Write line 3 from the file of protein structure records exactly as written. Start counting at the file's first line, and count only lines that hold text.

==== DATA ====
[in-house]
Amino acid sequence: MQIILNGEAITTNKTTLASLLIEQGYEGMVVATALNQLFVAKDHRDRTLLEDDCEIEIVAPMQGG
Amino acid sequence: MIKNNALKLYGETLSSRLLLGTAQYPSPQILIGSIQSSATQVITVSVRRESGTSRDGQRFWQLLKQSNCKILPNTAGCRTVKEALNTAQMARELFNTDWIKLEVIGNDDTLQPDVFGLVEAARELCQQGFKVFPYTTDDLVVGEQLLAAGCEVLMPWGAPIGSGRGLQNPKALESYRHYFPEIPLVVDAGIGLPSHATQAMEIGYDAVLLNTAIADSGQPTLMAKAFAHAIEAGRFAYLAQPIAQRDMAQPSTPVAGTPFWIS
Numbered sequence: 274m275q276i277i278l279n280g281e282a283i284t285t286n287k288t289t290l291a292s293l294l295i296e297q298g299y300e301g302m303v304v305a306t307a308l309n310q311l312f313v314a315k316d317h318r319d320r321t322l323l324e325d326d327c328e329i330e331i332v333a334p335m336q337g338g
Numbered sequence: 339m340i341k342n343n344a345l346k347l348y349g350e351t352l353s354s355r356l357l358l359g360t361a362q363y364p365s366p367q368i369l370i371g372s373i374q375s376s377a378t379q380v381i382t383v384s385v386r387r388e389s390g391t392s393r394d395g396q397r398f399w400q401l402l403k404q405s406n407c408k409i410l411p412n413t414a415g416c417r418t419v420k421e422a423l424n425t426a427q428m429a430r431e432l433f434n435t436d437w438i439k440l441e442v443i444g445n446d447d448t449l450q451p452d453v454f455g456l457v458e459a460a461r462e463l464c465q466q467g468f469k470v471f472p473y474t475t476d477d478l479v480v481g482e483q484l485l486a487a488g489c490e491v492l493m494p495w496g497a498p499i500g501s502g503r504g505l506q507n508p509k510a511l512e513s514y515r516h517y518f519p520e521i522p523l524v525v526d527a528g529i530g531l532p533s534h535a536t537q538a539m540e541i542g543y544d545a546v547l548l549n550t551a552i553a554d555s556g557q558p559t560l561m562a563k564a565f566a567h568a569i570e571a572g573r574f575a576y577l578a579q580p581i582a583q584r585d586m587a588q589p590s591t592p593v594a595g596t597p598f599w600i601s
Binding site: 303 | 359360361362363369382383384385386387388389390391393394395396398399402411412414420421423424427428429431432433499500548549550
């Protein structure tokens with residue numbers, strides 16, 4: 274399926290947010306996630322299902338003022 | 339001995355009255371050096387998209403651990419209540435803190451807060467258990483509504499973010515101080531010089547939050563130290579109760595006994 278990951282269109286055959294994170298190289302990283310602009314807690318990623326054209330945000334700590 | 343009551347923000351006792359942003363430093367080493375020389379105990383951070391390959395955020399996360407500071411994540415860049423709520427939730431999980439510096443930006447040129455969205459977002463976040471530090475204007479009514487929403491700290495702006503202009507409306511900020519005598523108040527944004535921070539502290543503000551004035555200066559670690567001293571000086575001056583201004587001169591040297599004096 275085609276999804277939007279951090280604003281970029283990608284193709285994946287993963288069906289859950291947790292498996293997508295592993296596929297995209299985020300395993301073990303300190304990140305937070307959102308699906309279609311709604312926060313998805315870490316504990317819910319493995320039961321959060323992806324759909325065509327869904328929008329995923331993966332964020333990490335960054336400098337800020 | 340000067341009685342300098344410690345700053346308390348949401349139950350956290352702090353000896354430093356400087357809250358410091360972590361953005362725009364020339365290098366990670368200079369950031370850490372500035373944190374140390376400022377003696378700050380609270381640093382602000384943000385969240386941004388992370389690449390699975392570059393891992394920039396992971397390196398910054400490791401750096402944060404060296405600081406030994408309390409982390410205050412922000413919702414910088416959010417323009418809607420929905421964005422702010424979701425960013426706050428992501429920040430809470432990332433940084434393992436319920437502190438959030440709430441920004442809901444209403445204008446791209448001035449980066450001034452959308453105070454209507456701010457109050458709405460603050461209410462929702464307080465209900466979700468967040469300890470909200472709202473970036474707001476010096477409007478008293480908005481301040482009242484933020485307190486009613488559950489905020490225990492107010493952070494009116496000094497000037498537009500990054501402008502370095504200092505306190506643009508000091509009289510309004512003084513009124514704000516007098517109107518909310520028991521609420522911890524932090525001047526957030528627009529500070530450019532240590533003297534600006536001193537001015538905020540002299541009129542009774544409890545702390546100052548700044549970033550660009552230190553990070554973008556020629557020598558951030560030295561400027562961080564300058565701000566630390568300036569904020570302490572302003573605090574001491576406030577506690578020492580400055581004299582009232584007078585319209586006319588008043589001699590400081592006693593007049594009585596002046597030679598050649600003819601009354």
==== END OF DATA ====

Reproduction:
Amino acid sequence: MIKNNALKLYGETLSSRLLLGTAQYPSPQILIGSIQSSATQVITVSVRRESGTSRDGQRFWQLLKQSNCKILPNTAGCRTVKEALNTAQMARELFNTDWIKLEVIGNDDTLQPDVFGLVEAARELCQQGFKVFPYTTDDLVVGEQLLAAGCEVLMPWGAPIGSGRGLQNPKALESYRHYFPEIPLVVDAGIGLPSHATQAMEIGYDAVLLNTAIADSGQPTLMAKAFAHAIEAGRFAYLAQPIAQRDMAQPSTPVAGTPFWIS